Salt Lake City, Utah
June 23, 2018
June 23, 2018
July 27, 2018
Software Engineering Division
One author of this paper (Dr. K) is a professor and the other (Dr. A) is a Silicon Valley web developer. This paper presents our experiences in co-teaching a web application development course at Virginia Tech.
It seems obvious to say that students benefit by having access to industry expertise when taking a course on software development. An industry perspective on any academic subject can be helpful, and as software development is such a practical side of software engineering, students often take these courses with an eye toward developing software professionally. Professional developers can not only answer student questions about how something is done in industry, but they can make the student understand why a topic is relevant.
Educators tend to have a good grasp of the capabilities and limitations of their students. They are good at choosing course materials that meet their course objectives, and they know how to assess students on whether those objectives have been met. Professionals know how things get done in industry. They understand the trade-offs and compromises that must be made to get a software product out the door. Their knowledge comes from other developers and from years of practical experience building real-world systems. Developers are more likely to use a methodology explained to them by someone they trust rather than use something they read about in a journal. When the educator and the industry professional are teaching as a team - both invested in the outcome of the course - the results can be transforming.
This was our experience in teaching a course on Web Application Development for Virginia Tech's online Master of Information Technology program. The students in this program are typically working professionals in an IT-related field, and their programming experience varies widely depending on whether they come from the business side of IT or the technical side. However, all students taking our course are required to have a basic introduction to Java. The course is completely online, and student-teacher interaction comes primarily from Q&A discussion boards (Piazza) and one live Q&A session per week (WebEx). The course we teach revolves around a semester-long project in which students develop a mini e-commerce web application complete with the design and implementation of the web interface, the database, and the application business logic.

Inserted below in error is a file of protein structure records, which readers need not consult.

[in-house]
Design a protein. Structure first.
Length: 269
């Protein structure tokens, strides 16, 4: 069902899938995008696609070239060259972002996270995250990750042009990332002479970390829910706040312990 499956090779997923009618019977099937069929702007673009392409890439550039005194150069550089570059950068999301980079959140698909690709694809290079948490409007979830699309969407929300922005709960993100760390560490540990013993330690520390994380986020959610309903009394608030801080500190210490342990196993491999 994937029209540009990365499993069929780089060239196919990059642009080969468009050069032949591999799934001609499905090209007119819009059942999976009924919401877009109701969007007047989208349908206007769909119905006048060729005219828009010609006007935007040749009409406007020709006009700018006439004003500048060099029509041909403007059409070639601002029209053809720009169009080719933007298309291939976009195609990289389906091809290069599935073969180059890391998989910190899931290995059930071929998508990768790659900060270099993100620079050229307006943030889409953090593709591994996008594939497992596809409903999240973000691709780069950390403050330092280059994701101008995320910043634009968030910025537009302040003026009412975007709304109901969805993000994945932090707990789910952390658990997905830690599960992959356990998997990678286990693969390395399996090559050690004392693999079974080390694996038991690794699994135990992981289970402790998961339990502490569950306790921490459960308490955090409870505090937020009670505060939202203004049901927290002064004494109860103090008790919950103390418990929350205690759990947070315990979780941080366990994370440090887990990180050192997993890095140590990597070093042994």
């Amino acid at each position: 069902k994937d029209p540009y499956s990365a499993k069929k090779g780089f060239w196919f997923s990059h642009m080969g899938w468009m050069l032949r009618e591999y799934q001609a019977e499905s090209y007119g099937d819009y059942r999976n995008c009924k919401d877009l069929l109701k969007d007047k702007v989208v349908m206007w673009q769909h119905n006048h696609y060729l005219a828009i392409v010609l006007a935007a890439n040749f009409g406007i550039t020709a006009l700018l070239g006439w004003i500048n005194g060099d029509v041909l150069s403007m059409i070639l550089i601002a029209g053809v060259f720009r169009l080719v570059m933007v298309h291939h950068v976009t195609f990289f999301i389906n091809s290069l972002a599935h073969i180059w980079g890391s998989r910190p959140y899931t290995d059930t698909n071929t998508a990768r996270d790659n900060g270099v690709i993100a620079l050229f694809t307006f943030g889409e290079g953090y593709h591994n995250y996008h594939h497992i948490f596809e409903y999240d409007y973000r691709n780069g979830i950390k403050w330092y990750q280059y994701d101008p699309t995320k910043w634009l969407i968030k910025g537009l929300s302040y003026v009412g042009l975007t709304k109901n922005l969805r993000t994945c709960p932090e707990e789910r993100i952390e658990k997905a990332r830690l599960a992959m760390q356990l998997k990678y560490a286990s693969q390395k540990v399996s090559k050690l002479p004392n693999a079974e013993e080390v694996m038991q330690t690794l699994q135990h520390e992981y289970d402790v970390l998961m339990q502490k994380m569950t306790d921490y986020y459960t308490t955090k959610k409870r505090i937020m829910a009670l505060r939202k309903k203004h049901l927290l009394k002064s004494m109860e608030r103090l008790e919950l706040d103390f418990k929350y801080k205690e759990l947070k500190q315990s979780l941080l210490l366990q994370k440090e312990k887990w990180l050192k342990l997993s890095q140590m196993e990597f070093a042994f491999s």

In this paper we talk about how the course evolved when the developer joined the educator to teach the course. We focus on six important facets of the experience: (1) the initial conditions that allowed the collaboration to be successful, (2) the benefits that each party brought to the course, (3) the impact that online learning had on the collaboration, (4) how the development of custom tools improved the course, (5) the introduction of industry best-practice to the core project, and finally, (6) the challenges that face us as we continue to improve the course and apply our experience to other courses.
Kulczycki, G., & Atkinson, S. (2018, June), Why Educators Need to Team with Industry Professionals in Software Development Education Paper presented at 2018 ASEE Annual Conference & Exposition , Salt Lake City, Utah. 10.18260/1-2--31243
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